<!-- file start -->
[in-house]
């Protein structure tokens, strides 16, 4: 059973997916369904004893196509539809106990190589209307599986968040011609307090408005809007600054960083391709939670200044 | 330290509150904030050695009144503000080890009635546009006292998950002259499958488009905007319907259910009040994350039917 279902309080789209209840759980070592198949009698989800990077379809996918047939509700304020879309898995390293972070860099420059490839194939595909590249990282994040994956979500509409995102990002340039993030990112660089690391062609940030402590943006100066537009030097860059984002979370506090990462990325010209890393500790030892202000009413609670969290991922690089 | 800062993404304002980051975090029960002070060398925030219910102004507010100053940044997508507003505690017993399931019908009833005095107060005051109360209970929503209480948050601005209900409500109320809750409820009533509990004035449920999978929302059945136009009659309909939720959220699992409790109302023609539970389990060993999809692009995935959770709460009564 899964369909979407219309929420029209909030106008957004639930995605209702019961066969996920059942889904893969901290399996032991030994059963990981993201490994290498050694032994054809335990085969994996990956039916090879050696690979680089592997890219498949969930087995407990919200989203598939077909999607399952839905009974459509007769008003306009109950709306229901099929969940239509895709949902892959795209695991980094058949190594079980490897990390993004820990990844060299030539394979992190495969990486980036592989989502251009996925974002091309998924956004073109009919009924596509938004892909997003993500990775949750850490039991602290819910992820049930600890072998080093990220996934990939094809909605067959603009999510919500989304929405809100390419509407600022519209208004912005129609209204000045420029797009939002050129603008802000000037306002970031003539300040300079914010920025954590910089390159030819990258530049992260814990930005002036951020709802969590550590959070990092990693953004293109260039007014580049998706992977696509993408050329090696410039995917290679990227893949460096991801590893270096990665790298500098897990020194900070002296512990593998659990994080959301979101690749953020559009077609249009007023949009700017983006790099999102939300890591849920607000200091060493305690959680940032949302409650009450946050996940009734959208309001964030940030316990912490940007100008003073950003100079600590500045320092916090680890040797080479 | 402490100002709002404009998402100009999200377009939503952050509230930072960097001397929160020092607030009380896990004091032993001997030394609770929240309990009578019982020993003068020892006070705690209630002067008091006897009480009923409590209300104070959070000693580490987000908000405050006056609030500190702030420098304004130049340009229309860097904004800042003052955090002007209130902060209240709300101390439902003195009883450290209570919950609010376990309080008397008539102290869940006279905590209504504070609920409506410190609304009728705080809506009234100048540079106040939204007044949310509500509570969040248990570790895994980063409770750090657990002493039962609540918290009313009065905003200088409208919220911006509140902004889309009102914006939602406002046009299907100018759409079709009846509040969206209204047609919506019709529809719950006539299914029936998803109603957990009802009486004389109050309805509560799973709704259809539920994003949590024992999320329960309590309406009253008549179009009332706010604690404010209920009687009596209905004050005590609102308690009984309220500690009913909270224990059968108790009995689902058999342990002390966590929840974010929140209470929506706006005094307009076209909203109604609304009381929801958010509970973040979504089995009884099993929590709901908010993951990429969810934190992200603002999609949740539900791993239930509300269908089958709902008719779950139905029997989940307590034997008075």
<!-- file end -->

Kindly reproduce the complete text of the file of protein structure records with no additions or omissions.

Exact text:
[in-house]
């Protein structure tokens, strides 16, 4: 059973997916369904004893196509539809106990190589209307599986968040011609307090408005809007600054960083391709939670200044 | 330290509150904030050695009144503000080890009635546009006292998950002259499958488009905007319907259910009040994350039917 279902309080789209209840759980070592198949009698989800990077379809996918047939509700304020879309898995390293972070860099420059490839194939595909590249990282994040994956979500509409995102990002340039993030990112660089690391062609940030402590943006100066537009030097860059984002979370506090990462990325010209890393500790030892202000009413609670969290991922690089 | 800062993404304002980051975090029960002070060398925030219910102004507010100053940044997508507003505690017993399931019908009833005095107060005051109360209970929503209480948050601005209900409500109320809750409820009533509990004035449920999978929302059945136009009659309909939720959220699992409790109302023609539970389990060993999809692009995935959770709460009564 899964369909979407219309929420029209909030106008957004639930995605209702019961066969996920059942889904893969901290399996032991030994059963990981993201490994290498050694032994054809335990085969994996990956039916090879050696690979680089592997890219498949969930087995407990919200989203598939077909999607399952839905009974459509007769008003306009109950709306229901099929969940239509895709949902892959795209695991980094058949190594079980490897990390993004820990990844060299030539394979992190495969990486980036592989989502251009996925974002091309998924956004073109009919009924596509938004892909997003993500990775949750850490039991602290819910992820049930600890072998080093990220996934990939094809909605067959603009999510919500989304929405809100390419509407600022519209208004912005129609209204000045420029797009939002050129603008802000000037306002970031003539300040300079914010920025954590910089390159030819990258530049992260814990930005002036951020709802969590550590959070990092990693953004293109260039007014580049998706992977696509993408050329090696410039995917290679990227893949460096991801590893270096990665790298500098897990020194900070002296512990593998659990994080959301979101690749953020559009077609249009007023949009700017983006790099999102939300890591849920607000200091060493305690959680940032949302409650009450946050996940009734959208309001964030940030316990912490940007100008003073950003100079600590500045320092916090680890040797080479 | 402490100002709002404009998402100009999200377009939503952050509230930072960097001397929160020092607030009380896990004091032993001997030394609770929240309990009578019982020993003068020892006070705690209630002067008091006897009480009923409590209300104070959070000693580490987000908000405050006056609030500190702030420098304004130049340009229309860097904004800042003052955090002007209130902060209240709300101390439902003195009883450290209570919950609010376990309080008397008539102290869940006279905590209504504070609920409506410190609304009728705080809506009234100048540079106040939204007044949310509500509570969040248990570790895994980063409770750090657990002493039962609540918290009313009065905003200088409208919220911006509140902004889309009102914006939602406002046009299907100018759409079709009846509040969206209204047609919506019709529809719950006539299914029936998803109603957990009802009486004389109050309805509560799973709704259809539920994003949590024992999320329960309590309406009253008549179009009332706010604690404010209920009687009596209905004050005590609102308690009984309220500690009913909270224990059968108790009995689902058999342990002390966590929840974010929140209470929506706006005094307009076209909203109604609304009381929801958010509970973040979504089995009884099993929590709901908010993951990429969810934190992200603002999609949740539900791993239930509300269908089958709902008719779950139905029997989940307590034997008075």